The Wem Town Hall in Shropshire, England, mysteriously went up in flames in November 1995. As the fire services struggled to battle the flames, a amateur photographer snapped images of the dramatic event.
One of these images displayed what is now referred to as the Wem Town Hall ghost…
The full force of the fire eventually managed to burn the Town Hall of Wem to the ground. As it crumbled and burnt, sewerage farm worker Tony O’Rahilly snapped as many photographs as his film would allow.
Tony knew that this was going to be an historic disaster in the area, so his photographs could prove to be very important in the aftermath.
When the photographs were finally developed, Tony noticed one which displayed a image of a little girl in the doorway as the building was ablaze all around her.
At the time Tony didn’t realize how important this photograph was…but within weeks it was a paranormal gem that had made international headlines.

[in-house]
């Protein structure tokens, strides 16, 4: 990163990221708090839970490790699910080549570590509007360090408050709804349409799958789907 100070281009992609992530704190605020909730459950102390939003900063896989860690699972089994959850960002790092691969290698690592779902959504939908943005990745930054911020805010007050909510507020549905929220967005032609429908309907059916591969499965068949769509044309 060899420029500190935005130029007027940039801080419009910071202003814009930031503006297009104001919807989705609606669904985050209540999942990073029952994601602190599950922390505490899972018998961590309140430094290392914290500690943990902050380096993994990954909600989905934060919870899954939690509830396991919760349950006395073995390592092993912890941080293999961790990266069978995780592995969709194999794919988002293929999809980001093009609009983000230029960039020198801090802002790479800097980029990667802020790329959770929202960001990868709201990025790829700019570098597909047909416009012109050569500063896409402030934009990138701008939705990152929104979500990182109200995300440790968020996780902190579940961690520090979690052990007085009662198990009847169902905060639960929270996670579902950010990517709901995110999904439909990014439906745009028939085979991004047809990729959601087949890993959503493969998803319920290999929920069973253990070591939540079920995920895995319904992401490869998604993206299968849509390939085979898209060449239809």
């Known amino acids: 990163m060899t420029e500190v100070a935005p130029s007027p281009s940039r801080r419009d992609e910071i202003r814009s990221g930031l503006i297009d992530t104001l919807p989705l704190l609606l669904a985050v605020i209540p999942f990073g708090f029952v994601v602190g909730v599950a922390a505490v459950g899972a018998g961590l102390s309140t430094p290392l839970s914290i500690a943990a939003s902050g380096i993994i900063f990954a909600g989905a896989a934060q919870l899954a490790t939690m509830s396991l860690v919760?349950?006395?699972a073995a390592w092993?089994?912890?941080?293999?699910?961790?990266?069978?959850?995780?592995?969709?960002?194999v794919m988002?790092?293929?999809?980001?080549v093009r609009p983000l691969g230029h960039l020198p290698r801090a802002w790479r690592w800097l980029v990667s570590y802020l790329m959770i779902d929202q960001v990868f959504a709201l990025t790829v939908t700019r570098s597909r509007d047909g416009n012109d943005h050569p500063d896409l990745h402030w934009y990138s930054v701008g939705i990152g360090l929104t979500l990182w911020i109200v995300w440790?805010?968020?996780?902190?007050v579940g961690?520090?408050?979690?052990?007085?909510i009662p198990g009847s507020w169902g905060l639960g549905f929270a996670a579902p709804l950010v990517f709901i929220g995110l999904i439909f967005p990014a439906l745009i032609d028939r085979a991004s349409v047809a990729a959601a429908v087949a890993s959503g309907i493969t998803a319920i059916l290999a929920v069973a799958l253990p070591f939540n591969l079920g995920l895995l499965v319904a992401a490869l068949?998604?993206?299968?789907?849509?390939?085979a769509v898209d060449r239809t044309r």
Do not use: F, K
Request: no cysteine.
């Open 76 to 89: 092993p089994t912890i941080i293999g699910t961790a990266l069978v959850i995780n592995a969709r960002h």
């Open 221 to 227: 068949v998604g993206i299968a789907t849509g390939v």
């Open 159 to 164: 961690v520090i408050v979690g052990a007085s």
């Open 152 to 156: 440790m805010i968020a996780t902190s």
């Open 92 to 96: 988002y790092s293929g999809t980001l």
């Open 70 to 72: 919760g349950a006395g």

Three centuries before the Wem Town Hall fire, another infamous fire swept through the area.
A fourteen year old girl named Jane Churm accidentally set fire to her parent’s thatched roof when she was collecting fuel from underneath a bed.
In 1677 every house in the area was made out of wood and thatch – resulting in up to 540 buildings going up in smoke.
Many paranormal experts believe that Jane Churm is the girl spirit that appears in Tony O’Rahilly’s photograph.
The morning after the Town Hall fire in 1995, two fire professionals entered the burned down location to assess the damages.
As they made their way through the ruined building, they noticed footprints in the soot on top of one of the landings – footprints that seem to have been made by a child.
When they left the location they checked with the local police and security – they had been guarding the area all night, nobody had got in.